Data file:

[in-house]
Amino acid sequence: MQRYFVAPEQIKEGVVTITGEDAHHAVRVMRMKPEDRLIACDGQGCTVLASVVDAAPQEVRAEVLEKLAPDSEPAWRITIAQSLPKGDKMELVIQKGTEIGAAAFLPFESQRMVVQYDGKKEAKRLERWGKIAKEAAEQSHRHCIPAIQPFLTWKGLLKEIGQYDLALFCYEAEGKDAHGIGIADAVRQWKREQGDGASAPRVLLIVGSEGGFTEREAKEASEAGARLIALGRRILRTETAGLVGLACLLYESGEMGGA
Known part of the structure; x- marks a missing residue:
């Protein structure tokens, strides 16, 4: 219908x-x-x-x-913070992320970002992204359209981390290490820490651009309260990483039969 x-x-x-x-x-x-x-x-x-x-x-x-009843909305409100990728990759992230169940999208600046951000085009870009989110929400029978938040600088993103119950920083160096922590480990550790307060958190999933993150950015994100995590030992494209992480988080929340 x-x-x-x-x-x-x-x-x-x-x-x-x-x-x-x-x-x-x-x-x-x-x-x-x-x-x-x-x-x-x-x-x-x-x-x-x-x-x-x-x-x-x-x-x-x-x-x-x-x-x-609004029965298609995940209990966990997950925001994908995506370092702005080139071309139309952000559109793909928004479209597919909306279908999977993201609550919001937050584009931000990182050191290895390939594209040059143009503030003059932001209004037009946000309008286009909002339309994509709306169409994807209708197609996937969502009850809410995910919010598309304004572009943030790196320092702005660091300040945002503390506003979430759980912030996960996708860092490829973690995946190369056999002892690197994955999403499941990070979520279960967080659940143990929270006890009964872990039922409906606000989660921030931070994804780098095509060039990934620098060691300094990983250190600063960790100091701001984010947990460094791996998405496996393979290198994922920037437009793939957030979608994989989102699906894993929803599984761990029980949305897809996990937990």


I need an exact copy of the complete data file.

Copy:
[in-house]
Amino acid sequence: MQRYFVAPEQIKEGVVTITGEDAHHAVRVMRMKPEDRLIACDGQGCTVLASVVDAAPQEVRAEVLEKLAPDSEPAWRITIAQSLPKGDKMELVIQKGTEIGAAAFLPFESQRMVVQYDGKKEAKRLERWGKIAKEAAEQSHRHCIPAIQPFLTWKGLLKEIGQYDLALFCYEAEGKDAHGIGIADAVRQWKREQGDGASAPRVLLIVGSEGGFTEREAKEASEAGARLIALGRRILRTETAGLVGLACLLYESGEMGGA
Known part of the structure; x- marks a missing residue:
């Protein structure tokens, strides 16, 4: 219908x-x-x-x-913070992320970002992204359209981390290490820490651009309260990483039969 x-x-x-x-x-x-x-x-x-x-x-x-009843909305409100990728990759992230169940999208600046951000085009870009989110929400029978938040600088993103119950920083160096922590480990550790307060958190999933993150950015994100995590030992494209992480988080929340 x-x-x-x-x-x-x-x-x-x-x-x-x-x-x-x-x-x-x-x-x-x-x-x-x-x-x-x-x-x-x-x-x-x-x-x-x-x-x-x-x-x-x-x-x-x-x-x-x-x-x-609004029965298609995940209990966990997950925001994908995506370092702005080139071309139309952000559109793909928004479209597919909306279908999977993201609550919001937050584009931000990182050191290895390939594209040059143009503030003059932001209004037009946000309008286009909002339309994509709306169409994807209708197609996937969502009850809410995910919010598309304004572009943030790196320092702005660091300040945002503390506003979430759980912030996960996708860092490829973690995946190369056999002892690197994955999403499941990070979520279960967080659940143990929270006890009964872990039922409906606000989660921030931070994804780098095509060039990934620098060691300094990983250190600063960790100091701001984010947990460094791996998405496996393979290198994922920037437009793939957030979608994989989102699906894993929803599984761990029980949305897809996990937990």